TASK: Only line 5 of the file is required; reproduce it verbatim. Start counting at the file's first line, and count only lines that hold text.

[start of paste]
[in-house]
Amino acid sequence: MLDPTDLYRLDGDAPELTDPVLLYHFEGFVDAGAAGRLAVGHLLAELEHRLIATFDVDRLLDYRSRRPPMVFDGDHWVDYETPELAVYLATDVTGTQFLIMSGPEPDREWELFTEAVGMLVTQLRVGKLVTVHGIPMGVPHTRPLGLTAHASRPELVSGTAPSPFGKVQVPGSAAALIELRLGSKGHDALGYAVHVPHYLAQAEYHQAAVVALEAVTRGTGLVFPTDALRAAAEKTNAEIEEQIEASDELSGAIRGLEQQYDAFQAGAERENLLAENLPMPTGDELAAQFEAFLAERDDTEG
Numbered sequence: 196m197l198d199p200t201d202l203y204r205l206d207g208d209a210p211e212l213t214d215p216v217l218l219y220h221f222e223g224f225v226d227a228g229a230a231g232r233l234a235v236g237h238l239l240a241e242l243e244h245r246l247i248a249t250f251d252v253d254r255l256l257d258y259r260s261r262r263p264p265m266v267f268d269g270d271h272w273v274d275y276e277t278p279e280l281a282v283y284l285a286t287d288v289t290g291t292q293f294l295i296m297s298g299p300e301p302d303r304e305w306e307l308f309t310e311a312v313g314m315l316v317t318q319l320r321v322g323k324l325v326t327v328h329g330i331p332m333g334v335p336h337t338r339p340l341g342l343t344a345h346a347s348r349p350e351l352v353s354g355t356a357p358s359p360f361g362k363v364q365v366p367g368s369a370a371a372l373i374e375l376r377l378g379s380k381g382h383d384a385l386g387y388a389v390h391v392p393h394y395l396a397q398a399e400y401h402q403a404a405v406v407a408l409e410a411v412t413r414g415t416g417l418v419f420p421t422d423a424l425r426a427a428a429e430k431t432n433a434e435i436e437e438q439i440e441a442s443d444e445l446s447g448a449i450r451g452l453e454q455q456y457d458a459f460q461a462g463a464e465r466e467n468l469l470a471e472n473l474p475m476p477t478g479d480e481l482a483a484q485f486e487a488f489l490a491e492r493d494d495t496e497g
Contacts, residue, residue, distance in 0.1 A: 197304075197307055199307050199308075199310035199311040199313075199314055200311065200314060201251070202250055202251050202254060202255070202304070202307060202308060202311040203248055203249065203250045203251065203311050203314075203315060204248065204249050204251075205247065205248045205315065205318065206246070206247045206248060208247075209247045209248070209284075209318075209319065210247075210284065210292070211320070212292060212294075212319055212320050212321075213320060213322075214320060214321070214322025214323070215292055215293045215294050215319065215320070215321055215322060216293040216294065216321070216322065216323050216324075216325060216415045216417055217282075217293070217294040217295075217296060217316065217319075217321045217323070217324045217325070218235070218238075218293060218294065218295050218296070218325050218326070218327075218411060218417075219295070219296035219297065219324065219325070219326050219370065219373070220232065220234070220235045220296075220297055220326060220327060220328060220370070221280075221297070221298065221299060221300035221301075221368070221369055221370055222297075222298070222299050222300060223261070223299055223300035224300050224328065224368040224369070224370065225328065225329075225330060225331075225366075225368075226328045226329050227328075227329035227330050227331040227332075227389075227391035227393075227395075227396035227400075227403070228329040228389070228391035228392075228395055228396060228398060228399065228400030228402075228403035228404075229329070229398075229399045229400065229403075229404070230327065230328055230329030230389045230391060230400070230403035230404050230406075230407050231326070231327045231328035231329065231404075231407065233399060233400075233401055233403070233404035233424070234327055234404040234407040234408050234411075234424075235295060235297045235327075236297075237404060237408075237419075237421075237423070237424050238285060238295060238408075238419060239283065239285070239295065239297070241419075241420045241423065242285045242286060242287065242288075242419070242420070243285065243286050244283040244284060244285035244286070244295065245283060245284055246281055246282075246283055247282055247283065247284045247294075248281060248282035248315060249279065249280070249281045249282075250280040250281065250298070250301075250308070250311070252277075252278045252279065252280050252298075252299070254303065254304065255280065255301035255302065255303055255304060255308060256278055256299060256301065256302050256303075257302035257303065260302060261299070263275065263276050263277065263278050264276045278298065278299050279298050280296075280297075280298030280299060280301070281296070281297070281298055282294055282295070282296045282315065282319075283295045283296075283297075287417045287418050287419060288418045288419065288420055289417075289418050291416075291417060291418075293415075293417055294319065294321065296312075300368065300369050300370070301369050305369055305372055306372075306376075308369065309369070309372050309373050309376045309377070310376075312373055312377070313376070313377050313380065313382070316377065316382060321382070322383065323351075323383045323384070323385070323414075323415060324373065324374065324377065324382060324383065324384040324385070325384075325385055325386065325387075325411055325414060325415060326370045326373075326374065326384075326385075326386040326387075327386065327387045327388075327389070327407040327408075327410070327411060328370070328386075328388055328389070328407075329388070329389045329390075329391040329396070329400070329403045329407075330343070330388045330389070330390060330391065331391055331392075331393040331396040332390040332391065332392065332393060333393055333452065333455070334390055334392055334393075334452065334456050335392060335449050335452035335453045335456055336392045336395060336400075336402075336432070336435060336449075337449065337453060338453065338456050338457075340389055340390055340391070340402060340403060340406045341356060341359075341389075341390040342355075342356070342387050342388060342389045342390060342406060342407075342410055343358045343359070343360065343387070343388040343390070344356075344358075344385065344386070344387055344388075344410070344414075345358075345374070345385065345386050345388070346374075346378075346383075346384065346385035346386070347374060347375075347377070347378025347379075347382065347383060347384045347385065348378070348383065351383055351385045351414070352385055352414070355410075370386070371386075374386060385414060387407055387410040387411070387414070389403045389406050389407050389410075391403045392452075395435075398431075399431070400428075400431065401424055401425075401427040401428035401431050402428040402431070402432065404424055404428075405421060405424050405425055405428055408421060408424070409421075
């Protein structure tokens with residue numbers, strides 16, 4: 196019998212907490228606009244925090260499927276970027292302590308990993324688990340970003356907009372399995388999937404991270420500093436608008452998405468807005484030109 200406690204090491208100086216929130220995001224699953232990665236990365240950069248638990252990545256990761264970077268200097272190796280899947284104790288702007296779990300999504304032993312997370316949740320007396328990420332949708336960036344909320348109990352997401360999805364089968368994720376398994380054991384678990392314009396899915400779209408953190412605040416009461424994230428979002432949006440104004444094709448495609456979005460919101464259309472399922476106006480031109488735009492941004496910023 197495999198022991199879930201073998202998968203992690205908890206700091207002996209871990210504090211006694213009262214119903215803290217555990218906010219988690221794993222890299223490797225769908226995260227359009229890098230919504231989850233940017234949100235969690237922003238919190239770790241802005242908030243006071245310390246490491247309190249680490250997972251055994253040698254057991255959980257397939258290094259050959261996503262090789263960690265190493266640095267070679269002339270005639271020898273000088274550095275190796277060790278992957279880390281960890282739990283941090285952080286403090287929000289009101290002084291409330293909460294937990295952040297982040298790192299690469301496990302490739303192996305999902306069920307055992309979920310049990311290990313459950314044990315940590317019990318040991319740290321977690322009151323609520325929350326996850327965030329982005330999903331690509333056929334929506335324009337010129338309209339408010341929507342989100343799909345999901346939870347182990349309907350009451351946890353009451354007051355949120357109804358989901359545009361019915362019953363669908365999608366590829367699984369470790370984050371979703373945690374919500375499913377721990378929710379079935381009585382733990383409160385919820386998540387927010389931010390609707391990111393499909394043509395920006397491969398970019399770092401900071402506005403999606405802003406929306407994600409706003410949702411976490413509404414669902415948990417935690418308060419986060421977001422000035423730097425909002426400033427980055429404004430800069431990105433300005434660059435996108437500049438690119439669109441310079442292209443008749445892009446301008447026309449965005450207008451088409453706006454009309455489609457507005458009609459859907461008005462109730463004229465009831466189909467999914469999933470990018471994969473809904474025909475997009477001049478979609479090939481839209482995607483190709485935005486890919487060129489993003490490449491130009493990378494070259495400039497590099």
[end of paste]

């Protein structure tokens with residue numbers, strides 16, 4: 196019998212907490228606009244925090260499927276970027292302590308990993324688990340970003356907009372399995388999937404991270420500093436608008452998405468807005484030109 200406690204090491208100086216929130220995001224699953232990665236990365240950069248638990252990545256990761264970077268200097272190796280899947284104790288702007296779990300999504304032993312997370316949740320007396328990420332949708336960036344909320348109990352997401360999805364089968368994720376398994380054991384678990392314009396899915400779209408953190412605040416009461424994230428979002432949006440104004444094709448495609456979005460919101464259309472399922476106006480031109488735009492941004496910023 197495999198022991199879930201073998202998968203992690205908890206700091207002996209871990210504090211006694213009262214119903215803290217555990218906010219988690221794993222890299223490797225769908226995260227359009229890098230919504231989850233940017234949100235969690237922003238919190239770790241802005242908030243006071245310390246490491247309190249680490250997972251055994253040698254057991255959980257397939258290094259050959261996503262090789263960690265190493266640095267070679269002339270005639271020898273000088274550095275190796277060790278992957279880390281960890282739990283941090285952080286403090287929000289009101290002084291409330293909460294937990295952040297982040298790192299690469301496990302490739303192996305999902306069920307055992309979920310049990311290990313459950314044990315940590317019990318040991319740290321977690322009151323609520325929350326996850327965030329982005330999903331690509333056929334929506335324009337010129338309209339408010341929507342989100343799909345999901346939870347182990349309907350009451351946890353009451354007051355949120357109804358989901359545009361019915362019953363669908365999608366590829367699984369470790370984050371979703373945690374919500375499913377721990378929710379079935381009585382733990383409160385919820386998540387927010389931010390609707391990111393499909394043509395920006397491969398970019399770092401900071402506005403999606405802003406929306407994600409706003410949702411976490413509404414669902415948990417935690418308060419986060421977001422000035423730097425909002426400033427980055429404004430800069431990105433300005434660059435996108437500049438690119439669109441310079442292209443008749445892009446301008447026309449965005450207008451088409453706006454009309455489609457507005458009609459859907461008005462109730463004229465009831466189909467999914469999933470990018471994969473809904474025909475997009477001049478979609479090939481839209482995607483190709485935005486890919487060129489993003490490449491130009493990378494070259495400039497590099």